of the country.

Following the evening's program
Thursday, a reception and a dance will
be given in Barbour gymnasium for
the students of the medical school,
members of the faculty, and their
wives.
Refuse to Recognize. New Government
Washington, Feb. 20.-The United
States has refused to recognize the
revoltionary Costa Rican government.

ASKS COMMiSSIDI
FROM SRAI
NEW YORK AUTHORITY AROUS
OVER CONDITIONS IN
CITY
STARVING WOMEN CR
TO MAYOR FOR FO(
Confusion and Near Rioting Conti
in Gotham for hour in Crowde
Tenement Districts
New York, Feb. 20.-That a fed
and state food control commission
regulate the supply and distribu
of food will be necessary to prev
food riots from spreading throughb
the entire country was the declara
of the head of the weights and m
ures department, Joseph Hartig
this afternoon after he had recei
reports of the rioting going on h
"This rioting has been coming
15 days," he said, "and there'will
more of them unless federal and s
commiissions are established to re
late the distribution of goods. Th
commissions should take extraodin
ineasures. They should enforce
per capita consumption of' food1
place necessarysembargo on the s
ments of food from one state to
other or to different countries. T
should see that food is not held a
from the cities where it is most nee
and must endeavor to keep it out
the storage houses while the pe
are starving."
For nearly an hour today confus
and near rioting continued in
crowded flat districts here. ',e
streamed down the faces of womer
they ran screaming wildly from
line of police to another crying
bread.
"We are starving," they shou
"We want to see the mayor. We
American citizens and something n
be done for us."
Police tried to quiet the mob,
they became more and more fra
A United Press man who was in
crowd of reporters volunteered
services and mounted the steps of
city hall. "Go home," he yelled
Yiddish. "The mayor has promise
see you tomorrow. He is for you.
wants to do all he can for the p
pie."
"Who are you?" they asked. "W
do you represent?"
They cheered when they told 1
who he was, and after much wra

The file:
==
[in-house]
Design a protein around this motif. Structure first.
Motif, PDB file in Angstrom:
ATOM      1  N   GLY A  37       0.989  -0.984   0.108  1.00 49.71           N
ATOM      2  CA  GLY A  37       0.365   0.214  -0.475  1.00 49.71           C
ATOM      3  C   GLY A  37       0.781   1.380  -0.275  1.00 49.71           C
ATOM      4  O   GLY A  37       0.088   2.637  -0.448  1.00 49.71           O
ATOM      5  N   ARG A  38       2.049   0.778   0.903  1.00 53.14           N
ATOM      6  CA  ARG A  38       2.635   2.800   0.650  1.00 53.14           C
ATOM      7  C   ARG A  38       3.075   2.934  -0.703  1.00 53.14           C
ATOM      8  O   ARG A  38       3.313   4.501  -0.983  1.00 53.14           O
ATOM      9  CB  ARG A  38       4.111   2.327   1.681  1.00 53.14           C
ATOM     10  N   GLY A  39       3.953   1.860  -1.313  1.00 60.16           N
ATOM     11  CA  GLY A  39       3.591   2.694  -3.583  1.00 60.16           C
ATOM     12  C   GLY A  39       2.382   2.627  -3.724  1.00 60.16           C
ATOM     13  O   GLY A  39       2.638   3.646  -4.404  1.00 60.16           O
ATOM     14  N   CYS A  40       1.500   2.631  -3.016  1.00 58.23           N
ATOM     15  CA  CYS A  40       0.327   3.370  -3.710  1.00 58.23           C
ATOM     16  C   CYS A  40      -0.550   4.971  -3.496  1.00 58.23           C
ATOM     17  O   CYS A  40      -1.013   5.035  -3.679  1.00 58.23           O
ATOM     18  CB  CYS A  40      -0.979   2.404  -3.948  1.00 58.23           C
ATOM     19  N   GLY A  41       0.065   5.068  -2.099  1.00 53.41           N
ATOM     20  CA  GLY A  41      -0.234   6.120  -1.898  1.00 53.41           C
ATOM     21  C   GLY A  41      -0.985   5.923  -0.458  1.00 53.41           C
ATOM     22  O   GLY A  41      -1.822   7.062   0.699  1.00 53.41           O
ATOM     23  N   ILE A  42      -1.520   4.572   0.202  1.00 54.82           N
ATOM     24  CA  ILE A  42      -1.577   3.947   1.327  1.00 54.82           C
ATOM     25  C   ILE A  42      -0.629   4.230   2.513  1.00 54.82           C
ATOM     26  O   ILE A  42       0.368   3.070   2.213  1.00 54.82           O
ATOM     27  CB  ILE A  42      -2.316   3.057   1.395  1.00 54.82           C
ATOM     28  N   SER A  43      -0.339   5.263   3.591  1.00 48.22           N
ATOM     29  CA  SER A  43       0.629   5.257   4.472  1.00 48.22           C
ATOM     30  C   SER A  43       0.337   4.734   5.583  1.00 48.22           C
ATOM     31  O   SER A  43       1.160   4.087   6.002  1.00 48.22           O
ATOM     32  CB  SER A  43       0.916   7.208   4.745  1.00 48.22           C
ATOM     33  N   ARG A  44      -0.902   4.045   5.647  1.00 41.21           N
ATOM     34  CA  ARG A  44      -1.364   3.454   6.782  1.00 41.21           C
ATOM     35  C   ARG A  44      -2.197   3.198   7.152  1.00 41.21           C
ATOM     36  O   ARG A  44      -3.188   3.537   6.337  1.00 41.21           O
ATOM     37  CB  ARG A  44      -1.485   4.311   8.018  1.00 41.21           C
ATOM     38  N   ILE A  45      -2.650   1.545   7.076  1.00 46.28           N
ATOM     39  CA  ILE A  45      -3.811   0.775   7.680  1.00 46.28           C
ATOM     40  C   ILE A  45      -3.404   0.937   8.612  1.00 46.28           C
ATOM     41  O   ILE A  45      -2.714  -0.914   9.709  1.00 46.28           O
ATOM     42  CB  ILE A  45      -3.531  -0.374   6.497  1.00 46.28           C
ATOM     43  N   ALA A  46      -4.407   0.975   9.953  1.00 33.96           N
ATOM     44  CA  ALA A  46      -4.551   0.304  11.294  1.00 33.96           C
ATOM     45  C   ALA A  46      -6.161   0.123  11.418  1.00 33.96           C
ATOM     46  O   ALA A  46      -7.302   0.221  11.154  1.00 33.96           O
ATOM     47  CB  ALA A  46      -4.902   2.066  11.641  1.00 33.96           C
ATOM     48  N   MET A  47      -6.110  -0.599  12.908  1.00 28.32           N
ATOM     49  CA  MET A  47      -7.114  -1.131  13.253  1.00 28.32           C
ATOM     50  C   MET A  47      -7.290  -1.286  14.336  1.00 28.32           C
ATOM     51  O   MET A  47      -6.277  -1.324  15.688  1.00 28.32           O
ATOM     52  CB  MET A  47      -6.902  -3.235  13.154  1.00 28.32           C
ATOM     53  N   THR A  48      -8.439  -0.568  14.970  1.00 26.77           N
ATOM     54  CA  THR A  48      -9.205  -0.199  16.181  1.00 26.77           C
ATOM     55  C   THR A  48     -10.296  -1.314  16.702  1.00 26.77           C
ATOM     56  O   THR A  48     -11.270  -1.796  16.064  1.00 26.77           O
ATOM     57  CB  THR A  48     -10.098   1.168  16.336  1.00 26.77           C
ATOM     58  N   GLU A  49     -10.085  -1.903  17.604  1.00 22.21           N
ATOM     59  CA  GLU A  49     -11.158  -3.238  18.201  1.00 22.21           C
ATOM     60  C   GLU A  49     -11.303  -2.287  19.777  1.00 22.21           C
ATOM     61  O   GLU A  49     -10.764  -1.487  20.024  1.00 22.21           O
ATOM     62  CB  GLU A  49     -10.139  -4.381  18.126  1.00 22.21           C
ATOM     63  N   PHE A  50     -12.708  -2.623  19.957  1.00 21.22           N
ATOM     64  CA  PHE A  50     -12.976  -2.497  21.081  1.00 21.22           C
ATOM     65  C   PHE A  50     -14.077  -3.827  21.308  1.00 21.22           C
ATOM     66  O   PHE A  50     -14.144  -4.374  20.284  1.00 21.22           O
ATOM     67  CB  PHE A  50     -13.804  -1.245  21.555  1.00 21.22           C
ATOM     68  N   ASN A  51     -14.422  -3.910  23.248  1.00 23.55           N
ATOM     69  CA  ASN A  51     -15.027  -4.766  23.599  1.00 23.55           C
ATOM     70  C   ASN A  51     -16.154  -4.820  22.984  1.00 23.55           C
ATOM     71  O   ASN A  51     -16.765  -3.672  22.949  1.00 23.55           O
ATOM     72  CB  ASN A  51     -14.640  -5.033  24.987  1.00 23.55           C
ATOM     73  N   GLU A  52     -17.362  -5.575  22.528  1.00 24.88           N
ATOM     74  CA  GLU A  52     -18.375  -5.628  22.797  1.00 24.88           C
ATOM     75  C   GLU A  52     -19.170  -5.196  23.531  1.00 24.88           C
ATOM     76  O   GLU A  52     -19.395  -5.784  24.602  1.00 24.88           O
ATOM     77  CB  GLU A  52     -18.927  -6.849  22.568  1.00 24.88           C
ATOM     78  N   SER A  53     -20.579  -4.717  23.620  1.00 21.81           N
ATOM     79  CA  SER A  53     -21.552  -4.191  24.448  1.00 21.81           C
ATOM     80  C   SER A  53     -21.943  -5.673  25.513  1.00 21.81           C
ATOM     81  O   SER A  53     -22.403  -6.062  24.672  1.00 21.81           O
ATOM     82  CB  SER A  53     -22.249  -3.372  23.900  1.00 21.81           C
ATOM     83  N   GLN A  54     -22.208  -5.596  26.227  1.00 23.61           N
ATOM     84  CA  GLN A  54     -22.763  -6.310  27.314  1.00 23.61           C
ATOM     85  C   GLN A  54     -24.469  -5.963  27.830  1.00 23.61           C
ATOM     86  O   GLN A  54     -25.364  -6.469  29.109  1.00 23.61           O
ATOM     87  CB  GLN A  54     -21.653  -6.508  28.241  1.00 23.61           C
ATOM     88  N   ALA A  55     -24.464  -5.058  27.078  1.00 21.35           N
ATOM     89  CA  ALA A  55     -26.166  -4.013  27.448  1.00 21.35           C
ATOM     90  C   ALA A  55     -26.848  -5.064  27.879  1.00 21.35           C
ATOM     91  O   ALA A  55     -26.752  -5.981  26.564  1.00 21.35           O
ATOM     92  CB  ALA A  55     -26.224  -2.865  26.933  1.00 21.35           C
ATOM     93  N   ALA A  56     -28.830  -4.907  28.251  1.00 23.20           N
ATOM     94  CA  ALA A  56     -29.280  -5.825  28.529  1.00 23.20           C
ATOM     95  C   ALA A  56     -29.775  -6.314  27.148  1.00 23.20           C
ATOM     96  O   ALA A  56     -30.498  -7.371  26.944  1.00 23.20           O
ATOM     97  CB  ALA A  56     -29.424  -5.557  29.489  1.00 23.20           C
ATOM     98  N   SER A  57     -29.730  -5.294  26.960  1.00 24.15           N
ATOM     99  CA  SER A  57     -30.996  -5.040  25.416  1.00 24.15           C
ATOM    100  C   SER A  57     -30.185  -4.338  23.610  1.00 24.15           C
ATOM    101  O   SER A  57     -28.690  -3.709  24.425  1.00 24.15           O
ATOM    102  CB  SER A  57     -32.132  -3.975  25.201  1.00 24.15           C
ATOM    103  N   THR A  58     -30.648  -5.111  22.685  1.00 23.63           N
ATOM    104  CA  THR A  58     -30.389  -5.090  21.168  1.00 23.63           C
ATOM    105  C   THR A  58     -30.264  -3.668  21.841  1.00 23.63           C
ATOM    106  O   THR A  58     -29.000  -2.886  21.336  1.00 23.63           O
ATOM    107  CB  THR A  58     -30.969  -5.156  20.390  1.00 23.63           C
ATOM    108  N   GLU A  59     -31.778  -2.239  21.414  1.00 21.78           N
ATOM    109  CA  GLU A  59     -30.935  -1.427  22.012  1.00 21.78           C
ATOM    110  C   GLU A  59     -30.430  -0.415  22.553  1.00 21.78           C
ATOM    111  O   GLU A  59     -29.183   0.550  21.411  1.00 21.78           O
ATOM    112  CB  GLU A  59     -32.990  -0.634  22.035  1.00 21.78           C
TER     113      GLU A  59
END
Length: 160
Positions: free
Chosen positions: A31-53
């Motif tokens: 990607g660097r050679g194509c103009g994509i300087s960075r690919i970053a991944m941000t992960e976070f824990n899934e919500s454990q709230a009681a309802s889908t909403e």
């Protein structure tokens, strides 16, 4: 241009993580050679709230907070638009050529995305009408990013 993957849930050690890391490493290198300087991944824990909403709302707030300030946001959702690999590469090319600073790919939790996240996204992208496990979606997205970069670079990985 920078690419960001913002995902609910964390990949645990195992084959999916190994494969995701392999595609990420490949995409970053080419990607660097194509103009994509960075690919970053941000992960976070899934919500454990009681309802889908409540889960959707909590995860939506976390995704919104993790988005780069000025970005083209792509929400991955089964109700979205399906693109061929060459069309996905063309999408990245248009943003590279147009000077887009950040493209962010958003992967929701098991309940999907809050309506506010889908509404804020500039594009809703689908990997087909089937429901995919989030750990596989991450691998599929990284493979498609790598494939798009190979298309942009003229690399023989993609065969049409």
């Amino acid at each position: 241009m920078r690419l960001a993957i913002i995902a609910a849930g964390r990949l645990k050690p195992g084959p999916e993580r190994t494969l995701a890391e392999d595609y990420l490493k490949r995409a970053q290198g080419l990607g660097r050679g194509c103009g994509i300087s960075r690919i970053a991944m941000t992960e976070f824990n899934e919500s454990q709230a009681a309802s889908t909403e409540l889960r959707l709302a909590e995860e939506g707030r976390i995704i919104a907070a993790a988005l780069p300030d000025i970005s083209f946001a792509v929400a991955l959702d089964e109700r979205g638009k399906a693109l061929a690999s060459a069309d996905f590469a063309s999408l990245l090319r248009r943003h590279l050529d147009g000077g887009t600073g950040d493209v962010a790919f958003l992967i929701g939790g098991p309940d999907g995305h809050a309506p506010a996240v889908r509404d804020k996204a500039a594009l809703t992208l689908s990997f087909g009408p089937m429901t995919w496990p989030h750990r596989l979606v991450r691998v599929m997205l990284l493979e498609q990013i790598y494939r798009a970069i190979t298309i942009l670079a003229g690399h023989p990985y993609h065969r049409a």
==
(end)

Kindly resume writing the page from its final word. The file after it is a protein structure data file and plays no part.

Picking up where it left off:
ling began to disperse.
2 AMERICANS SAVED
FROM DALBEATT
Survivors from Norwegian Steame>
Water 1 Hours When
Picked Up
London, Feb. 20.-Two Americ
were survivors of the Norweg
steamer Dalbeattie, recently sunk
shell fire from a German submar
They were much exhausted from
hours of exposure when picked up
The Norwegian embassy made
announcement today saying, "A
that was bound from Gibraltar
Glasgow laden with coal was s
Saturday. While the crew w
abandoning the steamer it went do
but the crew were all saved. '

Dalbeattie was an iron coaling stet
er of 17,337 tons.
Demand Health Certificate to Ma
Austin, Tex., Feb. 20.-The hous(
representatives today passed a bill
quiring that all male persons sl
subject themselves to a physical
amination by a physican before en
ing into a marriage contract. Lice
to marry shall not be issued to
man who is diseased.

Atwood was assigned a Berlin of-
flice in the United Press service after Big California Orange Show Opens
notice had been received here about Can Bernardino, Cal., Feb. 20.-With
the break in relations between the five million oranges under toe big
American and German governments. tents, the national orange show started
It was at that time that he wrote in here today and will continue until
the register, "remaining at my post as Feb. 28. It is expected to be the state's
ever," George S. Atwood. most pretentious mid-winter event.

Ih r

TONIGHT
Auditorium

Welcome Back a Michigan Man

General

Harry

Franck

'03

Admission

Ij

O'clock

25c

Subject-"SOUTH AMERICA" Illustrated